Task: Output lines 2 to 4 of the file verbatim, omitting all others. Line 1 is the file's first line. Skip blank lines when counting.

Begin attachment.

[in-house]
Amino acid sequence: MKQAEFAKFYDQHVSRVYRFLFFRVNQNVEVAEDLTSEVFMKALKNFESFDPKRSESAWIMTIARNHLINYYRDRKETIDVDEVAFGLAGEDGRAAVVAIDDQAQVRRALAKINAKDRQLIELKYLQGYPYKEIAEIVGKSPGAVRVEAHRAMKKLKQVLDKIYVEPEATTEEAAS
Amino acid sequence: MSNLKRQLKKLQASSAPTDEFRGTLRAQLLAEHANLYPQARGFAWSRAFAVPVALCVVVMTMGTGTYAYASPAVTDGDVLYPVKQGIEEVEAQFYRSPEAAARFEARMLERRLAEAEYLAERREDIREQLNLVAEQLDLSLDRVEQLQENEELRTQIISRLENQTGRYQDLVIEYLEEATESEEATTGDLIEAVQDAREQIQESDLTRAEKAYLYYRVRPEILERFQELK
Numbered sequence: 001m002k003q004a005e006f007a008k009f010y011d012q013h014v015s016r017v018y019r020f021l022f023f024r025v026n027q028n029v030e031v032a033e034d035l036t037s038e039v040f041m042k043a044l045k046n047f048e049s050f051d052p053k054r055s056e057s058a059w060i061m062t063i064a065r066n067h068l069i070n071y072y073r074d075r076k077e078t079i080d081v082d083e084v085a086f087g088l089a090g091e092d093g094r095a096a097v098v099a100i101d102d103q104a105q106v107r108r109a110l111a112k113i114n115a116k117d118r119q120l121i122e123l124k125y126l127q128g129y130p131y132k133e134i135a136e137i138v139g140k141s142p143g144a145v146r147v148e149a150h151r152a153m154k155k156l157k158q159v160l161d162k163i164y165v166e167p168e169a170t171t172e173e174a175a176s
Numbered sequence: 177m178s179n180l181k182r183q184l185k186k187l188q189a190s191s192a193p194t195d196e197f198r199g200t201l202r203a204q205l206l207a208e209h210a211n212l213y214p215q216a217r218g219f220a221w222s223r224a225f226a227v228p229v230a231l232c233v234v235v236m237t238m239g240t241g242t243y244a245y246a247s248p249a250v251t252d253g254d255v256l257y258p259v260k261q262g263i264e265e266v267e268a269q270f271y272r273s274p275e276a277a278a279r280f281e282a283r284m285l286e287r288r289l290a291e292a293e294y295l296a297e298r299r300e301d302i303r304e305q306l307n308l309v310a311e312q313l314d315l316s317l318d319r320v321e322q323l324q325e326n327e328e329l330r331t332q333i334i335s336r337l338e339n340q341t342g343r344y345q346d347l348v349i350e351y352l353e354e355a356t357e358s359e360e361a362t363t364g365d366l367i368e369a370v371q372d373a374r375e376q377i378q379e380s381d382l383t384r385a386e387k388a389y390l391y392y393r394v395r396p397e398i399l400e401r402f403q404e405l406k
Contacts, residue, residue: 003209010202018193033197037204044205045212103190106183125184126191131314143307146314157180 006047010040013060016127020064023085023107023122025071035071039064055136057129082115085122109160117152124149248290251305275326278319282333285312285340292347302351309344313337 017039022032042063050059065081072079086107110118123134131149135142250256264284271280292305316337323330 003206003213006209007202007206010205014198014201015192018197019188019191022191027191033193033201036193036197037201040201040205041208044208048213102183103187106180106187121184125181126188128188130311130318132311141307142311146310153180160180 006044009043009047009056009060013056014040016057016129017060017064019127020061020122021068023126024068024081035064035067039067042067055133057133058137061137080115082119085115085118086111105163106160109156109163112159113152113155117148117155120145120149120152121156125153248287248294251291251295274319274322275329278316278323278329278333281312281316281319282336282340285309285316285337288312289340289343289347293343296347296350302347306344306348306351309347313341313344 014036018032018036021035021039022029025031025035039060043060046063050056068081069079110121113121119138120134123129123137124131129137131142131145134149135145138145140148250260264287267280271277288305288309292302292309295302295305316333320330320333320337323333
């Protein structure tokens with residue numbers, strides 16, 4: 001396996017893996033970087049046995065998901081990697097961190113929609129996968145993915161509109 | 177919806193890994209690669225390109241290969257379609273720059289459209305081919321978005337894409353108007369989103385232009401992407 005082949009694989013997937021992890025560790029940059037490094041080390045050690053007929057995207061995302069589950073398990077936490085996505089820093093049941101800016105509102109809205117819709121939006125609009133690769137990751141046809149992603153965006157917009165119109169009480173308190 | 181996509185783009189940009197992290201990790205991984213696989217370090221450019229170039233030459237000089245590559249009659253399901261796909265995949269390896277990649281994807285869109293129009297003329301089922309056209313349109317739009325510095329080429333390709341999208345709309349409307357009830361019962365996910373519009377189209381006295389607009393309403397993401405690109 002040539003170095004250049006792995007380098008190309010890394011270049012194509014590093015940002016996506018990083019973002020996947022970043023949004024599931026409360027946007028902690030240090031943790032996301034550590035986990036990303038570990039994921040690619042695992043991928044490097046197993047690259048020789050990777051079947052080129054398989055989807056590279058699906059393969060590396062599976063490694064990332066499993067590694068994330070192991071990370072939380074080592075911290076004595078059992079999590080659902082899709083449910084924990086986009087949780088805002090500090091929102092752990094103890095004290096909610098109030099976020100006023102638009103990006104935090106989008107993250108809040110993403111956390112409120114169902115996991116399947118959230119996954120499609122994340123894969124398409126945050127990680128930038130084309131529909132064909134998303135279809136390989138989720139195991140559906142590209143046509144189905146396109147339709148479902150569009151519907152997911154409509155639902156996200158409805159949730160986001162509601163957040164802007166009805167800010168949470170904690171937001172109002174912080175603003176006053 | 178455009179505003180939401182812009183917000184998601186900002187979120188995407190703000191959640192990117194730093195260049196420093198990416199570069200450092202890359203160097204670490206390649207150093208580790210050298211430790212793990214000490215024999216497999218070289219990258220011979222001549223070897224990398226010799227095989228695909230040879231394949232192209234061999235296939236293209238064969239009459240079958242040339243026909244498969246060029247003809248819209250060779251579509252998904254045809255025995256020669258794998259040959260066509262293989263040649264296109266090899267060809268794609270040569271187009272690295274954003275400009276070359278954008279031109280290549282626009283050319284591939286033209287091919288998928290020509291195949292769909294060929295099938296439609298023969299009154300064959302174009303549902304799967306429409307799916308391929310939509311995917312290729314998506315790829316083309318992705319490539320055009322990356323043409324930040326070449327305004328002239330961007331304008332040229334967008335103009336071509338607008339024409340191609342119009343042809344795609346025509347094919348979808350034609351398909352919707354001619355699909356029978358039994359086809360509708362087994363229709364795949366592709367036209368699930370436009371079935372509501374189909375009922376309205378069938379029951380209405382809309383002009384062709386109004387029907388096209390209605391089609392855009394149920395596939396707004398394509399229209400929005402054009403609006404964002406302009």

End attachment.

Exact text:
Amino acid sequence: MKQAEFAKFYDQHVSRVYRFLFFRVNQNVEVAEDLTSEVFMKALKNFESFDPKRSESAWIMTIARNHLINYYRDRKETIDVDEVAFGLAGEDGRAAVVAIDDQAQVRRALAKINAKDRQLIELKYLQGYPYKEIAEIVGKSPGAVRVEAHRAMKKLKQVLDKIYVEPEATTEEAAS
Amino acid sequence: MSNLKRQLKKLQASSAPTDEFRGTLRAQLLAEHANLYPQARGFAWSRAFAVPVALCVVVMTMGTGTYAYASPAVTDGDVLYPVKQGIEEVEAQFYRSPEAAARFEARMLERRLAEAEYLAERREDIREQLNLVAEQLDLSLDRVEQLQENEELRTQIISRLENQTGRYQDLVIEYLEEATESEEATTGDLIEAVQDAREQIQESDLTRAEKAYLYYRVRPEILERFQELK
Numbered sequence: 001m002k003q004a005e006f007a008k009f010y011d012q013h014v015s016r017v018y019r020f021l022f023f024r025v026n027q028n029v030e031v032a033e034d035l036t037s038e039v040f041m042k043a044l045k046n047f048e049s050f051d052p053k054r055s056e057s058a059w060i061m062t063i064a065r066n067h068l069i070n071y072y073r074d075r076k077e078t079i080d081v082d083e084v085a086f087g088l089a090g091e092d093g094r095a096a097v098v099a100i101d102d103q104a105q106v107r108r109a110l111a112k113i114n115a116k117d118r119q120l121i122e123l124k125y126l127q128g129y130p131y132k133e134i135a136e137i138v139g140k141s142p143g144a145v146r147v148e149a150h151r152a153m154k155k156l157k158q159v160l161d162k163i164y165v166e167p168e169a170t171t172e173e174a175a176s